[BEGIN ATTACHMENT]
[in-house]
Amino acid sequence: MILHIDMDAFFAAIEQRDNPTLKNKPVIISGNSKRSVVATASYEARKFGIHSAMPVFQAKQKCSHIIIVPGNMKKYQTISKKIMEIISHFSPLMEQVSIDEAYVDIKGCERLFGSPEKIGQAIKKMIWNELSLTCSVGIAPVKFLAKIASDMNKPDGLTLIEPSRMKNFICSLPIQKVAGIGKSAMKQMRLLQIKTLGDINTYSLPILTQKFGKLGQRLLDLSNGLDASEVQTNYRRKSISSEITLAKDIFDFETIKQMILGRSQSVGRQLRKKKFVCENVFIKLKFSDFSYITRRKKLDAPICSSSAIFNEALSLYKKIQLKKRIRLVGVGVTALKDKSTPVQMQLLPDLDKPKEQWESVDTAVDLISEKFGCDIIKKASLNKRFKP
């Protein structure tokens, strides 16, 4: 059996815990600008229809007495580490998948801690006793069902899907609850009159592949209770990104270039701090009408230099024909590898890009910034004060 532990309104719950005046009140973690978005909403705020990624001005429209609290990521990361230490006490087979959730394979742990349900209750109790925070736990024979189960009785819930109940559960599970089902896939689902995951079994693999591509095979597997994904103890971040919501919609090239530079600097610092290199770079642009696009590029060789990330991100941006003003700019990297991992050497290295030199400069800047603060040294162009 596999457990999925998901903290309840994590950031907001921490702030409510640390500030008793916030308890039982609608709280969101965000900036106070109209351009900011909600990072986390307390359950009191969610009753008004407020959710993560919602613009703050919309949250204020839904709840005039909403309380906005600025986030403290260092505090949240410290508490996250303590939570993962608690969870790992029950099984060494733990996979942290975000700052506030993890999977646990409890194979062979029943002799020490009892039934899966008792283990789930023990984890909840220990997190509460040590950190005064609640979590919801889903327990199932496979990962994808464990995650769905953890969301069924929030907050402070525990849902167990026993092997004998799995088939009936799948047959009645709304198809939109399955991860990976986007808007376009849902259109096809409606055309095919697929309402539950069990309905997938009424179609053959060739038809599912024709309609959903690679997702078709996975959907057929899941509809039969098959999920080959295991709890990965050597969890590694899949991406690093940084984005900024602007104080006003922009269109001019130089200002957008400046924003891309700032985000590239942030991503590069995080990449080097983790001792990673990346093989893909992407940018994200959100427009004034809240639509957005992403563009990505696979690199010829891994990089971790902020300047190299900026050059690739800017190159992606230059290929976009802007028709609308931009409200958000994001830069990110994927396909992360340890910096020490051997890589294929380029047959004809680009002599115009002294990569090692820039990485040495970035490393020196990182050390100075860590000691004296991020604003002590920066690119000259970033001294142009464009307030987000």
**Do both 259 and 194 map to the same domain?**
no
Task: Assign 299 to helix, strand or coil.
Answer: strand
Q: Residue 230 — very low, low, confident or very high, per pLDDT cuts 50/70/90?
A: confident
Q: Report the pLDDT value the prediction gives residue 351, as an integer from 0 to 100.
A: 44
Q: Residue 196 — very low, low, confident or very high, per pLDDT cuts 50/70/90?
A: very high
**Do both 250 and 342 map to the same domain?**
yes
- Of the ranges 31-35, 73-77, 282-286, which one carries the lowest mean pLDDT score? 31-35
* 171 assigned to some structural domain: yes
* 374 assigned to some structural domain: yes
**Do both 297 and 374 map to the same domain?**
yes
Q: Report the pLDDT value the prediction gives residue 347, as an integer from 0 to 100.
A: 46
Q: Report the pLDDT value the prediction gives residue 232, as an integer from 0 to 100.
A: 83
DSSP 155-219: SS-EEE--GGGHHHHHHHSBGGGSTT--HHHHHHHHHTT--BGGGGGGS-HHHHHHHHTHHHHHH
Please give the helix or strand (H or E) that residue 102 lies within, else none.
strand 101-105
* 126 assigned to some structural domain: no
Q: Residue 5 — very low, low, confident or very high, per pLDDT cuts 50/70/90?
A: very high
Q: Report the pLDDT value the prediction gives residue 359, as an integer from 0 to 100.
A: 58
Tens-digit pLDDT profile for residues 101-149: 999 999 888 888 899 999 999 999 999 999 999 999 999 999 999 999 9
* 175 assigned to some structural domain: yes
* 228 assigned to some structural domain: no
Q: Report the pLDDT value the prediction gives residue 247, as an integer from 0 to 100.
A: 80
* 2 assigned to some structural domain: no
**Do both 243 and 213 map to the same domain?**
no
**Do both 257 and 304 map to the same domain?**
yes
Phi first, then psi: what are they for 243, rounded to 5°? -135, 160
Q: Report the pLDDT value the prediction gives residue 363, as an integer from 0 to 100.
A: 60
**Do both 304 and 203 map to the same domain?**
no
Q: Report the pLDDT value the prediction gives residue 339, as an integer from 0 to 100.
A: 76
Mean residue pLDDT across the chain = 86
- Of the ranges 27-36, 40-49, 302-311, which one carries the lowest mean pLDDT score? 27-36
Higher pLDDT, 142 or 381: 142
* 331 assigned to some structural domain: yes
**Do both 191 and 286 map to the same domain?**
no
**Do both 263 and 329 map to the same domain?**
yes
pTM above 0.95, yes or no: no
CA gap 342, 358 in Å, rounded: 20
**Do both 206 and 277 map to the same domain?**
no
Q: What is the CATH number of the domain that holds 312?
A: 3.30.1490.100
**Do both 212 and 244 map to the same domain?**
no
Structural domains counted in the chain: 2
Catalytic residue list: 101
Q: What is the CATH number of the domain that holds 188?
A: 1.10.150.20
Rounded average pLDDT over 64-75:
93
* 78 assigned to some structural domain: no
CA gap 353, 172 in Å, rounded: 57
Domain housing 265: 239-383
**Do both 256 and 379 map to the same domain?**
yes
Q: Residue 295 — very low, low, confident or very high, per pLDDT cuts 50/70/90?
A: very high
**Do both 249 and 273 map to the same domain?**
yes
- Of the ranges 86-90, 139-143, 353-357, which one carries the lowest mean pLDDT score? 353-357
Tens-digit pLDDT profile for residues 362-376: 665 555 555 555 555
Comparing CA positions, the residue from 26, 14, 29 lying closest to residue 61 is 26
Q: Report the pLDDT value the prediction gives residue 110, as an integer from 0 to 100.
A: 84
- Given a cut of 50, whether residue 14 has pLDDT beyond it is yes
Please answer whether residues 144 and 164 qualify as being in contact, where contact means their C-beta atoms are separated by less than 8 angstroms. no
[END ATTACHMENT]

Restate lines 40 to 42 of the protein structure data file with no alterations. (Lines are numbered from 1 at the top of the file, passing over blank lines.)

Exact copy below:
no
**Do both 257 and 304 map to the same domain?**
yes